Expected goals are a difficult metric. Apart from the huge amount of work in takes to create an xG-model, once you’ve got one it’s hard to tell if it’s any good. Most people try to check this by checking if their xG totals for entire seasons are similar to the actual goal totals, mostly using R^{2}. **In my latest blog** I tried to explain why I think this is a very poor way to evaluate your xG-model. I also hinted at a better way to evaluate an xG-model, something I will explain and apply today. First I’ll explain my methodology and afterwards I’ll apply it to evaluate different xG-models, including a few of the most prominent ones in the community like Michael Caley’s and 11tegen11’s model. Are those models really better than other models? And how close to being perfect are they? If you’re only interested in the results please skip the next paragraph.

## Methodology

Let’s first start with the methodology. One of the critiques I had against the full season R^{2} plots was that a lot of information was lost by summing the entire season together. Therefore I decided to look at single match totals. As far as I know this is the smallest sample at which we look at xG-values, and by looking at single matches rather than seasons we have a lot more data points. The method I will be using to compare the xG-scores to the actual scores is the **root-mean-square error percentage (RMSEP)**. The standard root-mean-squared error is a very simple statistic that measures the differences between your predictions and the actual outcomes. The root-mean-square error **percentage** (also known as the coefficient of variation of the RMSE) is a normalized version of this that I’ll be using so it’s possible to compare it with my ‘perfect’ model, a theoretical model which I explained in **my last blog**. The exact formula for the root-mean-square error percentage is:

There might be better or more suitable metrics out there but I think this is still reasonably easy and understandable/reproducible, and it’s a theoretically sound metric.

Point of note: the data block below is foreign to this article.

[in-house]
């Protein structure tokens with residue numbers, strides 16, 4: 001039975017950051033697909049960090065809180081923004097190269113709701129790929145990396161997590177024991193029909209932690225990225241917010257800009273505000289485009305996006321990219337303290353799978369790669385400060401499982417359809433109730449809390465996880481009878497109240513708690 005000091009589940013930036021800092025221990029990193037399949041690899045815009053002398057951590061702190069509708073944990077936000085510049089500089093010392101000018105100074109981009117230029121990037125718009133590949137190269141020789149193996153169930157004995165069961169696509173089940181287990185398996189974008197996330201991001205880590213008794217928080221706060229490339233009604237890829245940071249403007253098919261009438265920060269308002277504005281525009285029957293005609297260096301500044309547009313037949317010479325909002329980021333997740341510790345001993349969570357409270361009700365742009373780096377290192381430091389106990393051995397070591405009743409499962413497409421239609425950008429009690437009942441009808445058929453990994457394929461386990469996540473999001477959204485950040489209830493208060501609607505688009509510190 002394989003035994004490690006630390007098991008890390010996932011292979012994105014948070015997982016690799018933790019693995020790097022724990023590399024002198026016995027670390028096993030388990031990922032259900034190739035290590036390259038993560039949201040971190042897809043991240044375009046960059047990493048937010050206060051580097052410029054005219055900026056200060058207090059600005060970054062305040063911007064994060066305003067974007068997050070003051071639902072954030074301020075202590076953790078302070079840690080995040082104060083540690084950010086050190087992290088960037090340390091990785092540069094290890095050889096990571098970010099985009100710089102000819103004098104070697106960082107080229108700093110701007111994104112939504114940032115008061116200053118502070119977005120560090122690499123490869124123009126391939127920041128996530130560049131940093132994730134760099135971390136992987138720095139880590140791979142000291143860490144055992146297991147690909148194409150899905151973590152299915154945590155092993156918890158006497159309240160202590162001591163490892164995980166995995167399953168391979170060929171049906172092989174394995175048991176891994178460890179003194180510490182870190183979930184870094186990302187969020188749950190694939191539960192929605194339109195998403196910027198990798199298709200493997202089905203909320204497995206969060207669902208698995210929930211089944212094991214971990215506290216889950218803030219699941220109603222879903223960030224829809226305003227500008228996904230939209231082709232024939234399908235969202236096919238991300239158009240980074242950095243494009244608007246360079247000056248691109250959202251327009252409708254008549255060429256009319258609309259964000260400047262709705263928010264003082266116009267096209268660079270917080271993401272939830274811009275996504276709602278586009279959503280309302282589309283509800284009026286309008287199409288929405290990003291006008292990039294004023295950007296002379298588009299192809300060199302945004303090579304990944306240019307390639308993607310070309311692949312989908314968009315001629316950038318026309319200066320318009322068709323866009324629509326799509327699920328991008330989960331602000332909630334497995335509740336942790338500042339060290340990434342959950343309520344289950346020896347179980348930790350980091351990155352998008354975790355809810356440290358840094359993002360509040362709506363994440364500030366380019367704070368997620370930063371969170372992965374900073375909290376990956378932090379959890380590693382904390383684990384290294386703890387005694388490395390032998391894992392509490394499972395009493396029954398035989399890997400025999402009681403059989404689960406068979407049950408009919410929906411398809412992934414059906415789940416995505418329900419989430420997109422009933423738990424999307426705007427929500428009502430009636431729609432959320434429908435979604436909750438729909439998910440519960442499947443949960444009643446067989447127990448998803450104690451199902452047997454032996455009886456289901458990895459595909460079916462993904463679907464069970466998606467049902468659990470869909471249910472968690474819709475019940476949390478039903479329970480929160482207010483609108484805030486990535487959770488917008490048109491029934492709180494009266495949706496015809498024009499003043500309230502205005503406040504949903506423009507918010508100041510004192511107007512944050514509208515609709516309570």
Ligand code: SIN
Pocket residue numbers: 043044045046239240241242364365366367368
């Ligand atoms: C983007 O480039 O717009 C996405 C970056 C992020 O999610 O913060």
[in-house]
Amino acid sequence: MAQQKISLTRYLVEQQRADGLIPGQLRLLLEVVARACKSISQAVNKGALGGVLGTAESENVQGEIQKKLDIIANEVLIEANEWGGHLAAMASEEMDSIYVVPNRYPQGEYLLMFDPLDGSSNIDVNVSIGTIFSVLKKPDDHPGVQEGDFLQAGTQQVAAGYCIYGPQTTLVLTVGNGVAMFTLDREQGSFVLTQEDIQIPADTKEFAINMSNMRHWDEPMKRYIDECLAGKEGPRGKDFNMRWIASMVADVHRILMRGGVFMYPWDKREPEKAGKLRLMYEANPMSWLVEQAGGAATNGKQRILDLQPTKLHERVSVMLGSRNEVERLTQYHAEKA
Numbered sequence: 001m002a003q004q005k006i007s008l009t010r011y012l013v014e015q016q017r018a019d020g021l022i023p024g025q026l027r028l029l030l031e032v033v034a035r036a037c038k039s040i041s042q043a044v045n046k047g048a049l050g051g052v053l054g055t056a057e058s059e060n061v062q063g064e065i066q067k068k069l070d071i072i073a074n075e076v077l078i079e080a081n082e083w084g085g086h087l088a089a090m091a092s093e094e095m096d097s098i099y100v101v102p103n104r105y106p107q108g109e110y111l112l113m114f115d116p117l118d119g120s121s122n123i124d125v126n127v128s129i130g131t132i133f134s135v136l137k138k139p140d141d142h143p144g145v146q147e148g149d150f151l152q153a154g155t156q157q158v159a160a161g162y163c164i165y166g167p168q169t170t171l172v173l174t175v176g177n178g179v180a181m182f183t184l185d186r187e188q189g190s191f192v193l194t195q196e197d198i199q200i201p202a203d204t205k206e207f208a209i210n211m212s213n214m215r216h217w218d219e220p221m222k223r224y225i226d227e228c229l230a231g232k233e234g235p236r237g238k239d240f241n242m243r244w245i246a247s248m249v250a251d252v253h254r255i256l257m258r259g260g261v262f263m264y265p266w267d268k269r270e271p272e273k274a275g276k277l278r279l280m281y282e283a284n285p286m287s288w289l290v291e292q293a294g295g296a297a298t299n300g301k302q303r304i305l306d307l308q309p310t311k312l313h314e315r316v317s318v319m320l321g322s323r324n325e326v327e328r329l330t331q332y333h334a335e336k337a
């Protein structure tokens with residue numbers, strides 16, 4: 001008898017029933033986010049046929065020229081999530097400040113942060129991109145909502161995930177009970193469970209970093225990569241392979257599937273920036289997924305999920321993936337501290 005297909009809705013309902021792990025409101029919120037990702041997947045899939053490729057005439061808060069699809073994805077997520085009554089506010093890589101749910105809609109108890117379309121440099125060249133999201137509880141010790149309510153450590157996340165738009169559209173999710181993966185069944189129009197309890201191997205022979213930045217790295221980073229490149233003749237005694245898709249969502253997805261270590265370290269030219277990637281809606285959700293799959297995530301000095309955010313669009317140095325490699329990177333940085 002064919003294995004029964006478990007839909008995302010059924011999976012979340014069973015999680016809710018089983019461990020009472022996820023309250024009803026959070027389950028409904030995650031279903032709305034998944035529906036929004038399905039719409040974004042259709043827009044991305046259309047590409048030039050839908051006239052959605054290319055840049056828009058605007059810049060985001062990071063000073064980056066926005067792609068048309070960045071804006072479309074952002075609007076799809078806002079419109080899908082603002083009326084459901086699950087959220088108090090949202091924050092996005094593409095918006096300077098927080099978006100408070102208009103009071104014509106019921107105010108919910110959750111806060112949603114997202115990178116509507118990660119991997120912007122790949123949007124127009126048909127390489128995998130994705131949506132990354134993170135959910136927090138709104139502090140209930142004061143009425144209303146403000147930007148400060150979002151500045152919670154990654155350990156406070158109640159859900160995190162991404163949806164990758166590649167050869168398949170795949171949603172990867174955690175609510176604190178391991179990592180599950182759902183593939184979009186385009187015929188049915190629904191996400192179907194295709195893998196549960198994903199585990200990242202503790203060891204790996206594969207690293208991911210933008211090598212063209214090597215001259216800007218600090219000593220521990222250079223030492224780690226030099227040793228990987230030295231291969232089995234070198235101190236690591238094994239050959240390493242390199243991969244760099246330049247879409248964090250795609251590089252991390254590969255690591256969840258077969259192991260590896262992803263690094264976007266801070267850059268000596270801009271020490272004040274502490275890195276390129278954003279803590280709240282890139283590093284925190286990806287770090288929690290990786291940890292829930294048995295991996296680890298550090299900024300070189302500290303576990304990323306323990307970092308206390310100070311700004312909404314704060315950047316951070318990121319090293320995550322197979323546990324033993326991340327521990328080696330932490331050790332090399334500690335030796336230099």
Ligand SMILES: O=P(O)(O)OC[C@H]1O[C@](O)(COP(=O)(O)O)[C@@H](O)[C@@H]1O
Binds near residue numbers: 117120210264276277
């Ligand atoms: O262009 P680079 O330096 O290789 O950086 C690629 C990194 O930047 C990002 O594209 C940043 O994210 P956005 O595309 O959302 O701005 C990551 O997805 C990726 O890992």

However, the exact value of this metric alone might not give much insight as it’s quite technical. So we’re going to need something to compare the results with. For this purpose, I decided to include two extra ‘models’ in my evaluation, which try to describe the upper and lower bound of performances. For the lower bound (lower is better) I’ll be using the ‘perfect’ model described in my latest blog. As an upper bound I’ll be using the model explained in an infamous Deadspin article, which assigns every shot an xG-value of exactly 0.095. The idea behind this is that if an xG-model can’t do better than that then really what’s the point of making one, so it creates a nice upper bound.

## The results are in…

First a short introduction into the models that will be used in this evaluation:

**Nils Mackay**, my own model. The start of the methodology can be found**here**, although I have greatly improved it since.**Michael Caley**(@MC_of_A). Numbers taken from the xG-plots on his Twitter account. Methodology**here**.**11tegen11**(@11tegen11). Methodology**here**.**FootballStatistics**(@stats4footy), no methodology available.**@SteMc74**. Methodology**here**.**Willy Banjo**(@bertinbertin). Methodology**here**.**SciSports**, a Dutch start-up company. (@SciSportsNL). Methodology online soon.**Ben**(@Torvaney). Ben uses a model that only uses x,y location and whether it was a header or not. You can create your own numbers using his model**here**.

Now for the results:

And the winner is…. Michael Caley!